Carl Andre’s conviction to form comes through in this show, which presents sculptures in cedar, sandstone, and steel, created over a period of thirty years. The striated bricks in the “Isohedron” series engage the capacious gallery, beckoning at works like Ferox and Ninth Steel Corner, which sit weathered and rusted at the back of the space. A retrospective of the artist is currently on view at the Dia:Beacon.
Louise Lawler’s “tracings"—sketches of photographs featuring artworks in private collections and storage houses—are the subject of her latest exhibition at Metro Pictures. Printed on vinyl and mounted directly to the wall, the works lend themselves to a range of concerns, from the malleability of the photograph to the mechanics of the market and the artist’s negotiation of that increasingly Brobdingnagian machine.
Louise Lawler No Drones
Fifty years after their American debut, Marcel Duchamp’s editioned readymades—including Fountain, Bicycle Wheel, Hat Rack, and Traveler’s Folding Item—are again on view, and in the same building in which they were originally presented. The issues of artistic integrity addressed in that show, which paralleled the rise of Pop and presaged the appropriationist methods deployed by artists of the Pictures Generation, haunt this one, too. With the Jeff Koons retrospective right down the road, this exhibition couldn’t be better timed.
For Brazilian artist Lygia Clark's first comprehensive exhibition in North America, MoMA presents three hundred of the artist's drawings, paintings, sculptures, and participatory works from the late 1940s to the early 1980s. The survey, drawn from both public and private collections, organizes the artist’s work into three key themes: abstraction, Neo-concretism, and the “abandonment” of art.
Lygia Clark The Abandonment of Art, 1948–1988
The first comprehensive US survey of Italian Futurism presents more than three hundred works including everything from painting and sculpture to architecture, fashion, film, advertising, free-form poetry, music, theater, and performance. Organized by Vivien Greene, the Guggenheim’s curator of nineteenth- and early-twentieth-century work, the exhibition chronicles the movement from its feverish inception in 1909 with F. T. Marinetti’s Futurist manifesto to its quietus as Word War II drew to a close.
Italian Futurism, 1909–1944: Reconstructing the Universe
In celebration of the fiftieth anniversary of Andy Warhol’s contribution to the 1964 New York World’s Fair, the Queens Museum shows nine paintings made with the screens the artist used to create the controversial 13 Most Wanted Men, 1964, a work that depicted the enlarged mug shots of thirteen of the NYPD’s most-wanted criminals of 1962. Another 175 related objects are also on view.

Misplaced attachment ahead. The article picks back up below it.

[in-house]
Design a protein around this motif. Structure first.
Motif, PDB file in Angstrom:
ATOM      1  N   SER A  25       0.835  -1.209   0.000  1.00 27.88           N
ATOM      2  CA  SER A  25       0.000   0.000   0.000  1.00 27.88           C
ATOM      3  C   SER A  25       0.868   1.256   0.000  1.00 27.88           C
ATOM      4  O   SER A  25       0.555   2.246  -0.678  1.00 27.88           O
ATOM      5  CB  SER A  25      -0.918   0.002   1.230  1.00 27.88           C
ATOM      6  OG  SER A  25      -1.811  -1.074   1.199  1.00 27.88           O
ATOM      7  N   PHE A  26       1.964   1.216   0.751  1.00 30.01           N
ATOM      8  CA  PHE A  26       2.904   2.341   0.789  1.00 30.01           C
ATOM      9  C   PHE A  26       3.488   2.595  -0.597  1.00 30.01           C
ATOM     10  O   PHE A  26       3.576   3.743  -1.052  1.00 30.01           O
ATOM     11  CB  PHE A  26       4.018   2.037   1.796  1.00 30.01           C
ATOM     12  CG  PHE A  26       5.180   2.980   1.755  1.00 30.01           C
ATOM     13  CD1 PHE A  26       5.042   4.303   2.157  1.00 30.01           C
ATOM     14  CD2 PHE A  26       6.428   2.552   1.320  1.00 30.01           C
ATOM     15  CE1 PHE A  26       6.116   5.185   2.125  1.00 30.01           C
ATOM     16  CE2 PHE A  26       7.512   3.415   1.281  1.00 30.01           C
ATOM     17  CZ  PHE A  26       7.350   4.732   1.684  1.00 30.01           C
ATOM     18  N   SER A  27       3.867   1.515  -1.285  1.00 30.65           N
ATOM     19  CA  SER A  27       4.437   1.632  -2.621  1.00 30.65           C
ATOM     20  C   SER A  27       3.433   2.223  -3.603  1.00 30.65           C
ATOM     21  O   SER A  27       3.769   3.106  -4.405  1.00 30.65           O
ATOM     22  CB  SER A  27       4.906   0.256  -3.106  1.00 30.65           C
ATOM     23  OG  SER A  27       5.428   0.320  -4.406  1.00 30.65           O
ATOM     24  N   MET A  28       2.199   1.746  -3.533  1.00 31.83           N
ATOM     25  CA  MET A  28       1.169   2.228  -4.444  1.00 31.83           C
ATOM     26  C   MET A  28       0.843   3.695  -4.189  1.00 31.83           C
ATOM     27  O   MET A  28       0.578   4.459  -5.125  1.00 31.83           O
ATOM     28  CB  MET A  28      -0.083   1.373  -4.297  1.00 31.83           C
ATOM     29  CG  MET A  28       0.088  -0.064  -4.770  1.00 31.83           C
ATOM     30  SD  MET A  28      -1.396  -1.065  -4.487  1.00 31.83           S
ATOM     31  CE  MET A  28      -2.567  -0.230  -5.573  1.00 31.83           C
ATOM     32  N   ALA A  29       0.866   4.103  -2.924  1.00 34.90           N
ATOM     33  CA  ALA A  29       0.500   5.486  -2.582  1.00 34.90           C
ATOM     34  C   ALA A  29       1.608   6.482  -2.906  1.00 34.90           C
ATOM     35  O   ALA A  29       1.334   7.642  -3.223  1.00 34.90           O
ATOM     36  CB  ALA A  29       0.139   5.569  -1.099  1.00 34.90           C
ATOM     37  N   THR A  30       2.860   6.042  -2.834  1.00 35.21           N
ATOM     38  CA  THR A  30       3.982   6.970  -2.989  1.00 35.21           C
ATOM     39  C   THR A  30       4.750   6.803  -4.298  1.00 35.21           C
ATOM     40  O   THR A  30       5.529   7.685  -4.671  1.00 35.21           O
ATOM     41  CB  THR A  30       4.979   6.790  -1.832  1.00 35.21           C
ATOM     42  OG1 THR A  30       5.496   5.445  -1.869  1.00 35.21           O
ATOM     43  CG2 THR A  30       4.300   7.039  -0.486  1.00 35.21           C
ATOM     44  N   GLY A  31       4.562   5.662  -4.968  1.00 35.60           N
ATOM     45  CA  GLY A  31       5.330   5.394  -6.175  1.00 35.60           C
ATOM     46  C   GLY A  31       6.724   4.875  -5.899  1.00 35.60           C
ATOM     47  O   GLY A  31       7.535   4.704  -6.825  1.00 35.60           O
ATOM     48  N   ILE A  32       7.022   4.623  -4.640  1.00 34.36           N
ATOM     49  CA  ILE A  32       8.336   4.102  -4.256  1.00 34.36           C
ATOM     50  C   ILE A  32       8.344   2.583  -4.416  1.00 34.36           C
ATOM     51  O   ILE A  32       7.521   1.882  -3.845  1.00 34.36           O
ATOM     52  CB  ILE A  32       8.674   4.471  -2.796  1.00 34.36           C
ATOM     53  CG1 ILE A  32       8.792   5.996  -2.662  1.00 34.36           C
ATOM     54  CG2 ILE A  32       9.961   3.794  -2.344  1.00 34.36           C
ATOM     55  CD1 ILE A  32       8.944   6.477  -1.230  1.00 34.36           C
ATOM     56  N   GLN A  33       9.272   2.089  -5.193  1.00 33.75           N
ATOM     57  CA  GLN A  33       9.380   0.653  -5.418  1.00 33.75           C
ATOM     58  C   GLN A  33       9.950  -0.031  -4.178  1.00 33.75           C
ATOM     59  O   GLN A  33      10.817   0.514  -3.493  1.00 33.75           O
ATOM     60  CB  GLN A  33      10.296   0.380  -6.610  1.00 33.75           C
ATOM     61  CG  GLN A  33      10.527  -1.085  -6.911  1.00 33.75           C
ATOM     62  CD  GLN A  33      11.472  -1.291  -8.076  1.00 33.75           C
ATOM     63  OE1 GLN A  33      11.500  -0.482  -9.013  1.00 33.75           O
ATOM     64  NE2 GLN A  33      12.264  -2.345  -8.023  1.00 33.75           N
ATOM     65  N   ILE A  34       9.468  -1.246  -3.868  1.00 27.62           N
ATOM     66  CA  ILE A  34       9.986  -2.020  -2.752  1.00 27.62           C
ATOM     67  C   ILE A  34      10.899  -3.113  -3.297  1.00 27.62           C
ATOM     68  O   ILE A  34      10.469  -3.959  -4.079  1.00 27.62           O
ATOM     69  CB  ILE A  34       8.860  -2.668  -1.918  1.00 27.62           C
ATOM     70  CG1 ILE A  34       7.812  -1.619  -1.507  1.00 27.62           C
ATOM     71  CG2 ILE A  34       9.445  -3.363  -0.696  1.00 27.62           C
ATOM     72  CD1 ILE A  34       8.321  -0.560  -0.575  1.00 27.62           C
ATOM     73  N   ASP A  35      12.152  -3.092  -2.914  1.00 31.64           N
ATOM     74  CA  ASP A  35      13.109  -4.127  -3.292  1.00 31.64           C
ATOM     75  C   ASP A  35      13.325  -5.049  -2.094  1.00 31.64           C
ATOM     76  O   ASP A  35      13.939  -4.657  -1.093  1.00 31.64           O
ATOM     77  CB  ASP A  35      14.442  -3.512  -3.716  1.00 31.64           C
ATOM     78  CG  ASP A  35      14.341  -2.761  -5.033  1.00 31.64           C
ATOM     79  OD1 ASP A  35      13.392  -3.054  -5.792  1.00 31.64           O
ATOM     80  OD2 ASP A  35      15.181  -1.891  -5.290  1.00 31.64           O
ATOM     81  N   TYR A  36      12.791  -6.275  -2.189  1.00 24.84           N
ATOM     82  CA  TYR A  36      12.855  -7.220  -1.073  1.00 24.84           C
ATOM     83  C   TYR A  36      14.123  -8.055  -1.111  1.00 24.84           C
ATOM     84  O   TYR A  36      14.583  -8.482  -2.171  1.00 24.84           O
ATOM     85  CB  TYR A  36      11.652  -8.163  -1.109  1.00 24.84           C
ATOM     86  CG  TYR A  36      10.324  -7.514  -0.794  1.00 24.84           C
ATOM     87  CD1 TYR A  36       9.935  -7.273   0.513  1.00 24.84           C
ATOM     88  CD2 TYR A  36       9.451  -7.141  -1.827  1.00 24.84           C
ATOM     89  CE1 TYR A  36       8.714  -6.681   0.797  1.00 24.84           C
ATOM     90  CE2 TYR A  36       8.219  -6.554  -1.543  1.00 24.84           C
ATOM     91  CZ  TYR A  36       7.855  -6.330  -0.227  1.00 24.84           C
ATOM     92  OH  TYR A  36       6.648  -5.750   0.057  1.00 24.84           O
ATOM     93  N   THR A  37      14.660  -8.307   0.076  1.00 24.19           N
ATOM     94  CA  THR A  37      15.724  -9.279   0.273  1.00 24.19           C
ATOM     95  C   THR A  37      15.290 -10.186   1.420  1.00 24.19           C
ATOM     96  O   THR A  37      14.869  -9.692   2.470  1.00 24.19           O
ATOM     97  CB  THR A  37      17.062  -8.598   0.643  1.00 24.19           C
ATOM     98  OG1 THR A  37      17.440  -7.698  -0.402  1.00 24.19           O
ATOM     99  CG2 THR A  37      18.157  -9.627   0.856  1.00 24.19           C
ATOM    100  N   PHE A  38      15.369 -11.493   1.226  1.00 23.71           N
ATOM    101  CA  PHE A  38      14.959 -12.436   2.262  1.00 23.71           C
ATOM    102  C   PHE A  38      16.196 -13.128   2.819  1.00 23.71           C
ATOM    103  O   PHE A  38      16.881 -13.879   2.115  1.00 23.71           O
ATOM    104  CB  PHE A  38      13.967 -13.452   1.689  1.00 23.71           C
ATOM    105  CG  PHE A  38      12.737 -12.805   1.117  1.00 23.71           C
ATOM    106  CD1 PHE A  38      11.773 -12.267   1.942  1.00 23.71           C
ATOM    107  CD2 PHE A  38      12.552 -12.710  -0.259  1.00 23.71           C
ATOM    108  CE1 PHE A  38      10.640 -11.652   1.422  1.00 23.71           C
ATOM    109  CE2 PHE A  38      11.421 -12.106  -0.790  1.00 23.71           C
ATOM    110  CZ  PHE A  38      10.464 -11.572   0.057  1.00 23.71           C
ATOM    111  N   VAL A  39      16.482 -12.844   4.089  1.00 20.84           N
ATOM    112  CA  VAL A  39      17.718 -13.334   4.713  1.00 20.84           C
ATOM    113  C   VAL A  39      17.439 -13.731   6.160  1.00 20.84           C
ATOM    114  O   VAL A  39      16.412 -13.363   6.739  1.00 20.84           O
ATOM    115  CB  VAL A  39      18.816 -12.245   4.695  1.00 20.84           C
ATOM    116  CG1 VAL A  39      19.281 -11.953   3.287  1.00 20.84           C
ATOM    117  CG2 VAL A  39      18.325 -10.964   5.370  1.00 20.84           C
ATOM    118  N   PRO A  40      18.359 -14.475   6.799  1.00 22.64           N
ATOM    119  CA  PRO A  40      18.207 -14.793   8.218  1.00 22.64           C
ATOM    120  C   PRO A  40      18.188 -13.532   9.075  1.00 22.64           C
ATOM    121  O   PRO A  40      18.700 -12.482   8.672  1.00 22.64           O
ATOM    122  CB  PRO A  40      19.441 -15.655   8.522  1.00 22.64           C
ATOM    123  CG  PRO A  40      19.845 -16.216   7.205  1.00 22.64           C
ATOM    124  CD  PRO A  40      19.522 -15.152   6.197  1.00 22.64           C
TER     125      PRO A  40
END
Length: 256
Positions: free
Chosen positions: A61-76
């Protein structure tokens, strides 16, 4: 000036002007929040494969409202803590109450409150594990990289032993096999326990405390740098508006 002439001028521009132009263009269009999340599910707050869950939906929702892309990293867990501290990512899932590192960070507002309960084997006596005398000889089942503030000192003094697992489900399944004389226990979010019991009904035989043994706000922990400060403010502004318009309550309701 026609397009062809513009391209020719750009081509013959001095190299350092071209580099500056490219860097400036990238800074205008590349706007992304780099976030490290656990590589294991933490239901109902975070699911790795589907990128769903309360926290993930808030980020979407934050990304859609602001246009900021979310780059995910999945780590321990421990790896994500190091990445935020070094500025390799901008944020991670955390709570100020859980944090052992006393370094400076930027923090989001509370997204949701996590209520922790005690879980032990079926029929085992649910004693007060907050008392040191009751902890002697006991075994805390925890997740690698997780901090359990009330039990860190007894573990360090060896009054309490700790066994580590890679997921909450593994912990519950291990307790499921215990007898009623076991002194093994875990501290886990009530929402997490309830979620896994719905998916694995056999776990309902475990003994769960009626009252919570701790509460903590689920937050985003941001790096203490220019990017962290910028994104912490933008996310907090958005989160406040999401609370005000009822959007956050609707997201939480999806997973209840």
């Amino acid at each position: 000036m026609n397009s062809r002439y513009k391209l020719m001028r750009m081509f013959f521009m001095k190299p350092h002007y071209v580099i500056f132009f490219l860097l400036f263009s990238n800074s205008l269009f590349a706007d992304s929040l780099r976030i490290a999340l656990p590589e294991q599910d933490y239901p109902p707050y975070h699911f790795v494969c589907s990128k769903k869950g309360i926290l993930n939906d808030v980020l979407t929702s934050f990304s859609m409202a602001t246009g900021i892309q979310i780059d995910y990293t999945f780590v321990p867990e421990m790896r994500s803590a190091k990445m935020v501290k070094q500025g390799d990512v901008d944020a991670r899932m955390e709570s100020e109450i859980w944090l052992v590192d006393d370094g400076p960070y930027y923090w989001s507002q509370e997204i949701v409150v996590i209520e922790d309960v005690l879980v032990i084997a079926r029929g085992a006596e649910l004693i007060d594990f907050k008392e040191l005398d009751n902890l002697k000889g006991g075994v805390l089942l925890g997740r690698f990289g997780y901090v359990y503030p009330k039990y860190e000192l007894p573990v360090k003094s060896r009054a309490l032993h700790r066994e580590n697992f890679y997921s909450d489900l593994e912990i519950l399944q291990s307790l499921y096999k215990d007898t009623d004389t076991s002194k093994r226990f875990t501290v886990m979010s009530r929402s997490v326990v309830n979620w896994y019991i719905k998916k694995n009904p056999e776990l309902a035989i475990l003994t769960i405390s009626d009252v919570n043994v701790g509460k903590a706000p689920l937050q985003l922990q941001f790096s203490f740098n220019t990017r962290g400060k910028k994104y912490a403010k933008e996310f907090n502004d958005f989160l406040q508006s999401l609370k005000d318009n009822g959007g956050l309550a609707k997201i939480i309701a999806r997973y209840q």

Andy Warhol 13 Most Wanted Men: Andy Warhol and the 1964 World’s Fair
For Maria Lassnig’s most significant survey ever presented in the United States, MoMA PS1 exhibits fifty of the artist’s paintings as well as a selection of watercolors and filmic works—most of which have never been shown in the US. The included works span all periods of the artist’s career, from her early graphic abstractions produced in Paris to her later figural representations.
For “Here and Elsewhere,” curator Massimiliano Gioni aims to counter any notion that contemporary art in the Arab world might be homogeneous. Instead, his large survey of art in the Middle East—including works by forty-five artists from fifteen countries—focuses on a group with practices that might conceptually or aesthetically reference the Middle East, but which extend far beyond the purview of mere geography.
Here and Elsewhere
This exhaustive retrospective is the first to examine Jeff Koons’s career in its entirety. Curator Scott Rothkopf has reconstituted groundbreaking series in a chronological narrative that asserts Koons as one of the most crucial artists of the postwar era. The weighty catalogue, with texts by Isabelle Graw, Rachel Kushner, Michelle Kuo, Jeffrey Deitch, and Antonio Damasio, among others, promises to be a summer read like no other.
JEFF KOONS Jeff Koons: A Retrospective
The first museum survey of Charles Gaines brings together four decades of work. From his early experiments with systems and codes to his later examinations of subjectivity, the exhibition forms a pivotal link between 1960s and ’70s Conceptualists and artists that followed.
Charles Gaines Charles Gaines: Gridwork 1974–1989